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I decided to go ahead and try washing one of my fleeces.  Having sheared my sheep right on the ground they live on, they had all kinds of little surprises tucked inside the strands of hair–everything from twigs, leaves and seeds to pieces of food that had gotten trapped.  All of that debris was on top of the waxy lanolin that gives sheep their distinct smell.  Lanolin is a great waterproofer and unfortunately, a wonderful dirt collector too.

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I’d read a few methods and decided to give it a go with the washing machine.  The fleece certainly could have fit in the tub but it sounded a lot more labor intensive and time consuming.  The washing machine method was easy enough and I’m happy with the results.

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Here’s how:

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Fill washing machine with hot water and mix in 1 cup liquid laundry detergent.  Once full, submerge fleece and close the lid, allowing the fleece to soak for 45 minutes (make sure your washing machine is off–if it actually washes the wool via agitation, you’ll have an irreparably tangled mess).

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Turn on the spin cycle.  When the water is drained, remove the fleece, rinse the washing machine and repeat with another soaking cycle.  Repeat as many times as needed to sufficiently remove the lanolin and dirt.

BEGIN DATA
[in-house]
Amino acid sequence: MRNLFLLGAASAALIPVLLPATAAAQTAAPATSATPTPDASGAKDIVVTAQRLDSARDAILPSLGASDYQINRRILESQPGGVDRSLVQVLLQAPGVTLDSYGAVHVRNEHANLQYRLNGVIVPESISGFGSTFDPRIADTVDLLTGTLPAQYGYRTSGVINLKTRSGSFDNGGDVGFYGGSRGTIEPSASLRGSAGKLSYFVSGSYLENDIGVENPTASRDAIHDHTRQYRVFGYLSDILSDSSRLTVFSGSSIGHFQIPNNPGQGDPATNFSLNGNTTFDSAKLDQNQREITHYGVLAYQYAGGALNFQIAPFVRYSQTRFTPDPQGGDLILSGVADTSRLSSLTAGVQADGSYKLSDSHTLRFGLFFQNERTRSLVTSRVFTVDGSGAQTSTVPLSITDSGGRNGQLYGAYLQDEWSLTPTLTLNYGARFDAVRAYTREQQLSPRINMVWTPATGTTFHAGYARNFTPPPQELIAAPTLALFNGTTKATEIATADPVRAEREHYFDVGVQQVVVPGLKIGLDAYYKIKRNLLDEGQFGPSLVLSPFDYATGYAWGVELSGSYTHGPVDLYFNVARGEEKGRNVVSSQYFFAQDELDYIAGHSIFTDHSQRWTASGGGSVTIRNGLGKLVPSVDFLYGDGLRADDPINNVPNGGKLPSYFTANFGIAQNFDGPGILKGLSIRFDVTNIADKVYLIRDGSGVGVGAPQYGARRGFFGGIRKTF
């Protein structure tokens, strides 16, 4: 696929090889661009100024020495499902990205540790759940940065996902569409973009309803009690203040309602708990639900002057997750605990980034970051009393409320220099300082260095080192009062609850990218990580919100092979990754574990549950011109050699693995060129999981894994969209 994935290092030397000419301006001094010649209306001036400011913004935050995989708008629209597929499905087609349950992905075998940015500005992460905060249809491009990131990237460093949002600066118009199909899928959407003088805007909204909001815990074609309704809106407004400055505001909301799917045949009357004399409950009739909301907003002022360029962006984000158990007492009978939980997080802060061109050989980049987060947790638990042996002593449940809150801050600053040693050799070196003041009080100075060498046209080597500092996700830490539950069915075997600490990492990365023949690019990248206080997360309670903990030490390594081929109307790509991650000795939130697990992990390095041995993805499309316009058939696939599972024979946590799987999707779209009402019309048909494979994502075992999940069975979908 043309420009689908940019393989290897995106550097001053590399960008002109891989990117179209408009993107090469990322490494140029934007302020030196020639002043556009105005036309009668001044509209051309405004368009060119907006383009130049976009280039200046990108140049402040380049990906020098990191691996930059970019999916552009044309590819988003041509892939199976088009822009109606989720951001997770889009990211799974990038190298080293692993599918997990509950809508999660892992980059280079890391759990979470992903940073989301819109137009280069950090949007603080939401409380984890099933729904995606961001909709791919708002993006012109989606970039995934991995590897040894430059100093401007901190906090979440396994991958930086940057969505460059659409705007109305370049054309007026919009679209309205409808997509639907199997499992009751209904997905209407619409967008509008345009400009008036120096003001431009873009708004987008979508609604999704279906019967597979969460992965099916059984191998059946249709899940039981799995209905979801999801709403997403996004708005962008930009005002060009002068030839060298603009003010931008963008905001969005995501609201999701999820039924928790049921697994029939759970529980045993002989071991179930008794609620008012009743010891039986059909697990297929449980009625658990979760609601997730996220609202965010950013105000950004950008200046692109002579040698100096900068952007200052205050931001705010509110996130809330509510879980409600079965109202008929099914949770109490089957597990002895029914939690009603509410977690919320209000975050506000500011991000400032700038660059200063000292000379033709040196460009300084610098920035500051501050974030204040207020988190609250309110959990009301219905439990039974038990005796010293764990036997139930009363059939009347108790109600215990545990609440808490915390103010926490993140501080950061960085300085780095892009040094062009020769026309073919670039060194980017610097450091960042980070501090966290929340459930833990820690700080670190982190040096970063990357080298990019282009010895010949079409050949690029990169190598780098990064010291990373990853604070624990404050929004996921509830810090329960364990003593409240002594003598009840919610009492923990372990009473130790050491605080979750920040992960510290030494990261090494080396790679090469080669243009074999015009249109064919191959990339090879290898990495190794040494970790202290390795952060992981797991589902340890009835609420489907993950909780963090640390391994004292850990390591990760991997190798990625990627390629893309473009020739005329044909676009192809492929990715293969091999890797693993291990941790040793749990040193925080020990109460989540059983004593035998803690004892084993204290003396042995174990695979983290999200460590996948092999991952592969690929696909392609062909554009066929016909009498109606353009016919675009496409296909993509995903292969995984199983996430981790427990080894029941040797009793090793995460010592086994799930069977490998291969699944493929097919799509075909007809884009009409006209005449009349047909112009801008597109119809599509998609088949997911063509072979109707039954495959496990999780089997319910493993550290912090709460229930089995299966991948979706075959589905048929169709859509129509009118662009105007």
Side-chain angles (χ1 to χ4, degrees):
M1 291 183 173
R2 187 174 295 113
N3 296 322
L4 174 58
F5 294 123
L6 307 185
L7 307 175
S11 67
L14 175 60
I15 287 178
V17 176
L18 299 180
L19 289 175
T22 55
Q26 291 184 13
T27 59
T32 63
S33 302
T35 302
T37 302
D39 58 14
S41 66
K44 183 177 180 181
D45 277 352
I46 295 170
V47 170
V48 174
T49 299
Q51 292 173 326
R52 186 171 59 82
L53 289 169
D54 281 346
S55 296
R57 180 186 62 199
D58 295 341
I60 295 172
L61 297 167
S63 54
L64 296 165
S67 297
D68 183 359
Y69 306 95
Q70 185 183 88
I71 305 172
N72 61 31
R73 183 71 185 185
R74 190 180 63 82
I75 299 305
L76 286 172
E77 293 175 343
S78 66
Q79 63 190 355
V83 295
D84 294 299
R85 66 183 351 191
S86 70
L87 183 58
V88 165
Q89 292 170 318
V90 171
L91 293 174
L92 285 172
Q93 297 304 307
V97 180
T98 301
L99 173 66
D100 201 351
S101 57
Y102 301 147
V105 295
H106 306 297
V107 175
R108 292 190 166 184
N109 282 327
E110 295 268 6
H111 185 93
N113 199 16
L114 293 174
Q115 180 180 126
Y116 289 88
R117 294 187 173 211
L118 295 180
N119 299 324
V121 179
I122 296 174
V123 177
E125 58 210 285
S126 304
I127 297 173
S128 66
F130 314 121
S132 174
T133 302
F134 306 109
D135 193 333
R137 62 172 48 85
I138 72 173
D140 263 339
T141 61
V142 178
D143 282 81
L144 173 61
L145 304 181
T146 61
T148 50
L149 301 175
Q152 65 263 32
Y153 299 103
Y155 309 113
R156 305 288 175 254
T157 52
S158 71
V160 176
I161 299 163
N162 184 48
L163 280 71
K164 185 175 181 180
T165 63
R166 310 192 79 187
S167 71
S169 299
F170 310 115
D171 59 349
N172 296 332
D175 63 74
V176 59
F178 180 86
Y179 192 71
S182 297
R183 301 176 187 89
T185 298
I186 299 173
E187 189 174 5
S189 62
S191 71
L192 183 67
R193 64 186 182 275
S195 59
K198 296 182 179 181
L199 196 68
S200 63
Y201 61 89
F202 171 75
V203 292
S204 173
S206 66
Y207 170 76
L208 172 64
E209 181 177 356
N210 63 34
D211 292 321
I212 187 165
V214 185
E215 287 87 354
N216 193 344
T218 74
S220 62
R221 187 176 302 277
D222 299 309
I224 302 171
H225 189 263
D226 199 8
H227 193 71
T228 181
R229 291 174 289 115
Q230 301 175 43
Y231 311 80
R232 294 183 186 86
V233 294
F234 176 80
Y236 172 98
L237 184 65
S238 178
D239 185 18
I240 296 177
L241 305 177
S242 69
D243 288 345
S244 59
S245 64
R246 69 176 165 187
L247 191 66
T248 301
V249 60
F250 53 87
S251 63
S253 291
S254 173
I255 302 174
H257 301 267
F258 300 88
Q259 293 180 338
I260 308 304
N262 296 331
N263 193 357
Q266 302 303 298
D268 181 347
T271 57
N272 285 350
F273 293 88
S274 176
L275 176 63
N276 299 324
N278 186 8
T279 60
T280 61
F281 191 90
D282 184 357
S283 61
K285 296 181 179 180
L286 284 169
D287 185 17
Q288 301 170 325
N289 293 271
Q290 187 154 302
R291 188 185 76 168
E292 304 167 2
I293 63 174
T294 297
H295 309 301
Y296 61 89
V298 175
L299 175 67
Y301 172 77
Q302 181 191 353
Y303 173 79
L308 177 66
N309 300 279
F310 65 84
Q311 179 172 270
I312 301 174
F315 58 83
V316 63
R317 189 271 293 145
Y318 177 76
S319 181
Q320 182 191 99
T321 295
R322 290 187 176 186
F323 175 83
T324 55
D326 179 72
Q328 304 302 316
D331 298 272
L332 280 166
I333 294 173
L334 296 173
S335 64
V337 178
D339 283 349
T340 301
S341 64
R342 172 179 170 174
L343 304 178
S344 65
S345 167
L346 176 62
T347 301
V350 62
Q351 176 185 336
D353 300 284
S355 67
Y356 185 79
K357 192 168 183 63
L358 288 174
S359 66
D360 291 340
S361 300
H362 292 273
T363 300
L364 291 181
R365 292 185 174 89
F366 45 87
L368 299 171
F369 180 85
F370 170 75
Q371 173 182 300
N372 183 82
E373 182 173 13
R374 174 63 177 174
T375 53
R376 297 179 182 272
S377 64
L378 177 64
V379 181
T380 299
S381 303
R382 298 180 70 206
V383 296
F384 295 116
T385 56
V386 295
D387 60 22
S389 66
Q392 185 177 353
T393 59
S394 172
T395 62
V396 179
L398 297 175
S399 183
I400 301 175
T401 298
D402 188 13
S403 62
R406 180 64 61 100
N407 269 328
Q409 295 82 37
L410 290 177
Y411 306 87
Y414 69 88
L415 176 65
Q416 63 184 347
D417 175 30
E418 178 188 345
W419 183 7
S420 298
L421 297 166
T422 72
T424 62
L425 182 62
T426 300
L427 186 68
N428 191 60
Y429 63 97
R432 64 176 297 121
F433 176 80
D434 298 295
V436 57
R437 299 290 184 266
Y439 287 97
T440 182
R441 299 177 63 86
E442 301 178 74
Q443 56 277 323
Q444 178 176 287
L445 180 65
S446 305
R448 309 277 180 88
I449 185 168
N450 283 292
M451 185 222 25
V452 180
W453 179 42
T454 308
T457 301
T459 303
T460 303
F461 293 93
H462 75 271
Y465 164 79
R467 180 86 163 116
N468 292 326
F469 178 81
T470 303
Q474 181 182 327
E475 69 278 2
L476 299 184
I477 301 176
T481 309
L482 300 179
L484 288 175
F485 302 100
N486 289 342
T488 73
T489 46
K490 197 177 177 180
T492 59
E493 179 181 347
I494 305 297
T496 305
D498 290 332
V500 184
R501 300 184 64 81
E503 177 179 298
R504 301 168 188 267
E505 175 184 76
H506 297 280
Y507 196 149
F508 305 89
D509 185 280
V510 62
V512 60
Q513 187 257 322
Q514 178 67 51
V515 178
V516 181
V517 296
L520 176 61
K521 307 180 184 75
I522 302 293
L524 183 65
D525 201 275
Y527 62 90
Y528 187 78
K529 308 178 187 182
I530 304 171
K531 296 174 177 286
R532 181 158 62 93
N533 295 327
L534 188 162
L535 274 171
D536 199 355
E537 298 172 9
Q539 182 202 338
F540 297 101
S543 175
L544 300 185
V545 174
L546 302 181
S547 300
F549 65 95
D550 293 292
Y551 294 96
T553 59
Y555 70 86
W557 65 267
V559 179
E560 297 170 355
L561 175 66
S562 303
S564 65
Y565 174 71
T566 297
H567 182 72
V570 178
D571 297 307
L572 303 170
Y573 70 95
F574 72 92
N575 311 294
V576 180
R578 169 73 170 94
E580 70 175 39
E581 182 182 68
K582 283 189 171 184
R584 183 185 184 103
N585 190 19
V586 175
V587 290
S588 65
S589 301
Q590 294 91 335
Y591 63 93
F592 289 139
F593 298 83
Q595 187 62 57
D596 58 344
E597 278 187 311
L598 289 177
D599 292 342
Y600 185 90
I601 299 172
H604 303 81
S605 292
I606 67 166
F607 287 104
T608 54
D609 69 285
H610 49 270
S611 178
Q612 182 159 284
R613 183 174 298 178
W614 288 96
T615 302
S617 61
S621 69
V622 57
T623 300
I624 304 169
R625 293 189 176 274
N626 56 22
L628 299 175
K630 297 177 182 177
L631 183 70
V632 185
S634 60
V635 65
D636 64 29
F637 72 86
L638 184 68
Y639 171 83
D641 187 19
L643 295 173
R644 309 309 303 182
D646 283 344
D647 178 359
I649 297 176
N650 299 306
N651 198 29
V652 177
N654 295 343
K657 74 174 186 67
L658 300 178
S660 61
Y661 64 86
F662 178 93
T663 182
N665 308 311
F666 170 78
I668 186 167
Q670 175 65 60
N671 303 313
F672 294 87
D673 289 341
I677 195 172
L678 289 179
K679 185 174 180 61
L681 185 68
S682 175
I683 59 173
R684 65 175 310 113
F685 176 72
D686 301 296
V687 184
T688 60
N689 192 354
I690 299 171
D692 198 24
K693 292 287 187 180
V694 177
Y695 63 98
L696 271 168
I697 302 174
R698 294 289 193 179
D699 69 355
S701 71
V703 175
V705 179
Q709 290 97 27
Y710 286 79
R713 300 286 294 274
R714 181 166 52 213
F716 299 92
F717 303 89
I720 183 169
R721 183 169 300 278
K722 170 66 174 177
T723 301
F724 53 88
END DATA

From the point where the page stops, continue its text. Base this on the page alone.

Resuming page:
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Gross.  Needs a few more cycles.

While waiting for the washer to refill with hot water, “groom” the fleece to check again for debris such as twigs, leaves, seeds, etc.

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For the last soak, fill the washer with hot water and 1/2 cup white vinegar.  Spin to remove water and place on a towel to air dry.

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 It’s a little difficult to tell from the photo, but trust me, it’s much cleaner and smells soooo much better.
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5 Responses

  1. Good to know! I need you to get some ducks last year (yes, work that one out in your brain) so I can read about how to take care of them . . . Easter is a wonderful time of the year but why a person would buy someone a duck who lives in an apartment, I'll never know. Long story short, I now have a duckling living with my chickens and we're trying to figure this out.

  2. We actually did have a couple of ducks and one goose with our hens, haha! They probably hated being cooped up with the chatty chickens but they did alright with them. And yes, that is strange anyone would get a duckling for an apartment dweller…not exactly the best combination!

  3. We actually had a girl duck with our hens and she started laying and sitting on her eggs… so our hens started laying eggs in her nest and she actually hatched out a baby chicken, on Mothers day no less. (we had a rooster LOL)

    We called her Chuck (chicken+duck) and our duck just loved her little Chuck, they were like peas and carrots LOL I think Chuck was confused to why her ducky Mother would get in the water all the time, but it all worked out LOL

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True stories of raising children, remodeling, braving the elements and plotting out life, all while living on a humble acreage in central Indiana.

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